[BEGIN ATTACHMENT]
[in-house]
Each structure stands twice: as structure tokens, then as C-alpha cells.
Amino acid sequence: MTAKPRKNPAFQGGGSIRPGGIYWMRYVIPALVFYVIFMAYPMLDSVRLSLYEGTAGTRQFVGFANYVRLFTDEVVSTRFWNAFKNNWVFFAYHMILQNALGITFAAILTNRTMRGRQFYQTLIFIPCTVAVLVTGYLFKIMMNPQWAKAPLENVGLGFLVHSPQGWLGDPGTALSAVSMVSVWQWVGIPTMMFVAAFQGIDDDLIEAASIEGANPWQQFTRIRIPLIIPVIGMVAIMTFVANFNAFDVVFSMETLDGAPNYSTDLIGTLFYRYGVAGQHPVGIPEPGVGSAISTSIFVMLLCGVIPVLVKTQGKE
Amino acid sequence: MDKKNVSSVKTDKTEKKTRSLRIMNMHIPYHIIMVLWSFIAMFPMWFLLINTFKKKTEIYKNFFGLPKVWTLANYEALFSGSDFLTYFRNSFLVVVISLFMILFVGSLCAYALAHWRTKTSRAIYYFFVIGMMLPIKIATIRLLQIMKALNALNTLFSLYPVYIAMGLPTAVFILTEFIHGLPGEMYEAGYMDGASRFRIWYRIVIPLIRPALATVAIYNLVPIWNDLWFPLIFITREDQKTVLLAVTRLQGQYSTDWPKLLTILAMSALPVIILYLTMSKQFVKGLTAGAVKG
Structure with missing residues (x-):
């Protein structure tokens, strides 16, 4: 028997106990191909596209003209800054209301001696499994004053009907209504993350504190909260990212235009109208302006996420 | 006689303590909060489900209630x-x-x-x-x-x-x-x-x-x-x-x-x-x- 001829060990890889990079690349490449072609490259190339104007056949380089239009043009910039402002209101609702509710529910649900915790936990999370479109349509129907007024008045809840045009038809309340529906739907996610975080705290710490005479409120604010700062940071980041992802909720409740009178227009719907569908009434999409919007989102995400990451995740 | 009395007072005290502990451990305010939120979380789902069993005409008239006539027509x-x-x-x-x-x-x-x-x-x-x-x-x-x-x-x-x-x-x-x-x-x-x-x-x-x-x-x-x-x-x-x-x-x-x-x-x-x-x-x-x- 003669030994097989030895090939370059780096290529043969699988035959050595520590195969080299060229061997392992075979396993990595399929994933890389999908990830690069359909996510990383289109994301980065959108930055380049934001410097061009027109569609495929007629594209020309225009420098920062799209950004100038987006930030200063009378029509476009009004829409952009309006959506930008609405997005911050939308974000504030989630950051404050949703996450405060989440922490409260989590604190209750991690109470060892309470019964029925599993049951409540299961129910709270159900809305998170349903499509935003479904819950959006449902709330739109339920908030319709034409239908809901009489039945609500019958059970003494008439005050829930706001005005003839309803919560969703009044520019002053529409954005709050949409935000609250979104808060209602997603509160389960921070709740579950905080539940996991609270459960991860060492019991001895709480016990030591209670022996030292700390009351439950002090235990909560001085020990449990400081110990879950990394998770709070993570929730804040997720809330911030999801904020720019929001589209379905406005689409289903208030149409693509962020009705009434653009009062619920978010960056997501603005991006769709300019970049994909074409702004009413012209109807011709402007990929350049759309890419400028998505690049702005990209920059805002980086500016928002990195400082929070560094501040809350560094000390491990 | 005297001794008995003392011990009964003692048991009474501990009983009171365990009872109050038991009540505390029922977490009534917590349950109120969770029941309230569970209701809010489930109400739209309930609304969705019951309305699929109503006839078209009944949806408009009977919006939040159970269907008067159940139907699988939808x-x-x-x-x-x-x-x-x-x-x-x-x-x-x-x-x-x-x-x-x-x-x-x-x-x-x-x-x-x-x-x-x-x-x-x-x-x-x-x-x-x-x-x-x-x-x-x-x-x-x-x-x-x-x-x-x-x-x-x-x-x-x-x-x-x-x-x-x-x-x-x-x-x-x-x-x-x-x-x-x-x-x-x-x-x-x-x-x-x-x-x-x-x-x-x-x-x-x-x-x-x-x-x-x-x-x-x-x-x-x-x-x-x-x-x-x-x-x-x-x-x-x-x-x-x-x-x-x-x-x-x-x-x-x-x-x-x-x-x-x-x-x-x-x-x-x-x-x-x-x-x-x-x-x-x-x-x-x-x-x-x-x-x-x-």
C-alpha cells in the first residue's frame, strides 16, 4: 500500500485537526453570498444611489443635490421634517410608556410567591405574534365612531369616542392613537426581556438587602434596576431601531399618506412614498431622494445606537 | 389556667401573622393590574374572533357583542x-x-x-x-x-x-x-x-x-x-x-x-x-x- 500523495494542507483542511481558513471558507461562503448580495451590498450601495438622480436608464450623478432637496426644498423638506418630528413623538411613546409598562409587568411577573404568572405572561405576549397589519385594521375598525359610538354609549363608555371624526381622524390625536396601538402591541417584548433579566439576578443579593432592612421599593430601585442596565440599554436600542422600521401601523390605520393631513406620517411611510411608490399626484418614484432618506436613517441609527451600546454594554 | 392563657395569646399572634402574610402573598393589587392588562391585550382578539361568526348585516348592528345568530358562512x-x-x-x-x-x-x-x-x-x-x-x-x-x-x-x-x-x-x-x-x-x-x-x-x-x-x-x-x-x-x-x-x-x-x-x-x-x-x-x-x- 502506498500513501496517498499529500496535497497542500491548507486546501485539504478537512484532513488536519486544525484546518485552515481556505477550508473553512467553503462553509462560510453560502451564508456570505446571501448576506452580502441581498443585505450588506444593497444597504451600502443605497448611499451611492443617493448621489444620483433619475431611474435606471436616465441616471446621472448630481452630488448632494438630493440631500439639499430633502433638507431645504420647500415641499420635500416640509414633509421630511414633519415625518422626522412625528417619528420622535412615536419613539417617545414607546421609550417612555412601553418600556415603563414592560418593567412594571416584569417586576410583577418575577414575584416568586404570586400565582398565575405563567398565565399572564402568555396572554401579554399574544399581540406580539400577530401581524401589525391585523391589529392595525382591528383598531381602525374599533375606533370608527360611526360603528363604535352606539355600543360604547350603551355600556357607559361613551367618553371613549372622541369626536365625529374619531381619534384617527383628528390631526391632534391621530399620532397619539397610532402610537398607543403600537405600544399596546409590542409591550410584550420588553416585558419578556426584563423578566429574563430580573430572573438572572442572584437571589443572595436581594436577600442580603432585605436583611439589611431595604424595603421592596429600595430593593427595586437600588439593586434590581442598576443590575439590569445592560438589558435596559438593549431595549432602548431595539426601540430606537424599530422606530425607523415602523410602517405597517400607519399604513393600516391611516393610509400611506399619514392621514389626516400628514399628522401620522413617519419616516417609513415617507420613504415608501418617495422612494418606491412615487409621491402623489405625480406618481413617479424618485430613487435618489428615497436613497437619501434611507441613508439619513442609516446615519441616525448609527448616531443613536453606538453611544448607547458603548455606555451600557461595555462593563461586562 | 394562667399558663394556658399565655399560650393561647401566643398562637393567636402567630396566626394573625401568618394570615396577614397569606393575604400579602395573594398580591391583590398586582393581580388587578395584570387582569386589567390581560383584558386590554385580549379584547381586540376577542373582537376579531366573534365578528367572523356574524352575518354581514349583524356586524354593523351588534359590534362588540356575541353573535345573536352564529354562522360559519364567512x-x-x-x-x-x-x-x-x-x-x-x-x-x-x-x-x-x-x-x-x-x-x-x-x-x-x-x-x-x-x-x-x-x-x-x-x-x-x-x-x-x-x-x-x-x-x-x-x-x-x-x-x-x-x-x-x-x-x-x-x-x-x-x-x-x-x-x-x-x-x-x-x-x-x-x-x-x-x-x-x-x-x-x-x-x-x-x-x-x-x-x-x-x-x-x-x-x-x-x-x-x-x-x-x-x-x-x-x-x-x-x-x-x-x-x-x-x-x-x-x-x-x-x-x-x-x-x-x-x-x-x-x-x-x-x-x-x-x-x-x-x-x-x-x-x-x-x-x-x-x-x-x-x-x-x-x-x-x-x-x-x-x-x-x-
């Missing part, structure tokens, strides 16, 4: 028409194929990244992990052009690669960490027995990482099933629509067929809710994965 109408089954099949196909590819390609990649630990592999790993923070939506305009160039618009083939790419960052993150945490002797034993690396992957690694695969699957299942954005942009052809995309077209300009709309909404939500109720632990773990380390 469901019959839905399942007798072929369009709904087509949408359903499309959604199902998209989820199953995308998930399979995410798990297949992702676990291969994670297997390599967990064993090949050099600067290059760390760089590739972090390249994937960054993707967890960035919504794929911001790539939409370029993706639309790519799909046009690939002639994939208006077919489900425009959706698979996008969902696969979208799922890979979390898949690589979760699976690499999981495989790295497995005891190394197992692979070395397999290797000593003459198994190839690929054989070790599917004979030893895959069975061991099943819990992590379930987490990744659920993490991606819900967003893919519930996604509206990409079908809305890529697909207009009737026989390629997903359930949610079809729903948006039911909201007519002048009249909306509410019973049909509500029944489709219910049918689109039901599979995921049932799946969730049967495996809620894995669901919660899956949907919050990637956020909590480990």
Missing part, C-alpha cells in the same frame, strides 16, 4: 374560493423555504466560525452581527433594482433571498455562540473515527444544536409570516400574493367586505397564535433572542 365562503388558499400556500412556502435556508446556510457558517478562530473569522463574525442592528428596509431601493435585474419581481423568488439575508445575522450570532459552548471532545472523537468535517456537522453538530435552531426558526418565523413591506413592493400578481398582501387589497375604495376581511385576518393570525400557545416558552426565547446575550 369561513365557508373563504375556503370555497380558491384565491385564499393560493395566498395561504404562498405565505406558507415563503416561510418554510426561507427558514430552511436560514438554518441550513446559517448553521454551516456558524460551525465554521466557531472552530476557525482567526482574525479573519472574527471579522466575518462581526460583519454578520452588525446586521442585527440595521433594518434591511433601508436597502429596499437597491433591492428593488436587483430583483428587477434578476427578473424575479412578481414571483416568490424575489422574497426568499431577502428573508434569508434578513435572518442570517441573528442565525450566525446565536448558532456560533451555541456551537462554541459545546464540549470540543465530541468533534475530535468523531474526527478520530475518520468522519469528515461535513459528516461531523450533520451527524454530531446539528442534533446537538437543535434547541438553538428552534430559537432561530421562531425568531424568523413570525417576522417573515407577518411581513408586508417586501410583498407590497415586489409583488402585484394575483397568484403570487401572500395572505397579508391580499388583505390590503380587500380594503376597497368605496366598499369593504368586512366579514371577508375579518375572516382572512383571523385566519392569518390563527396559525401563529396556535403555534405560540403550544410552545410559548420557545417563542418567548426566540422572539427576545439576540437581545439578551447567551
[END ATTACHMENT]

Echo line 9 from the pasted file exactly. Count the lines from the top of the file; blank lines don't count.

Missing part, C-alpha cells in the same frame, strides 16, 4: 374560493423555504466560525452581527433594482433571498455562540473515527444544536409570516400574493367586505397564535433572542 365562503388558499400556500412556502435556508446556510457558517478562530473569522463574525442592528428596509431601493435585474419581481423568488439575508445575522450570532459552548471532545472523537468535517456537522453538530435552531426558526418565523413591506413592493400578481398582501387589497375604495376581511385576518393570525400557545416558552426565547446575550 369561513365557508373563504375556503370555497380558491384565491385564499393560493395566498395561504404562498405565505406558507415563503416561510418554510426561507427558514430552511436560514438554518441550513446559517448553521454551516456558524460551525465554521466557531472552530476557525482567526482574525479573519472574527471579522466575518462581526460583519454578520452588525446586521442585527440595521433594518434591511433601508436597502429596499437597491433591492428593488436587483430583483428587477434578476427578473424575479412578481414571483416568490424575489422574497426568499431577502428573508434569508434578513435572518442570517441573528442565525450566525446565536448558532456560533451555541456551537462554541459545546464540549470540543465530541468533534475530535468523531474526527478520530475518520468522519469528515461535513459528516461531523450533520451527524454530531446539528442534533446537538437543535434547541438553538428552534430559537432561530421562531425568531424568523413570525417576522417573515407577518411581513408586508417586501410583498407590497415586489409583488402585484394575483397568484403570487401572500395572505397579508391580499388583505390590503380587500380594503376597497368605496366598499369593504368586512366579514371577508375579518375572516382572512383571523385566519392569518390563527396559525401563529396556535403555534405560540403550544410552545410559548420557545417563542418567548426566540422572539427576545439576540437581545439578551447567551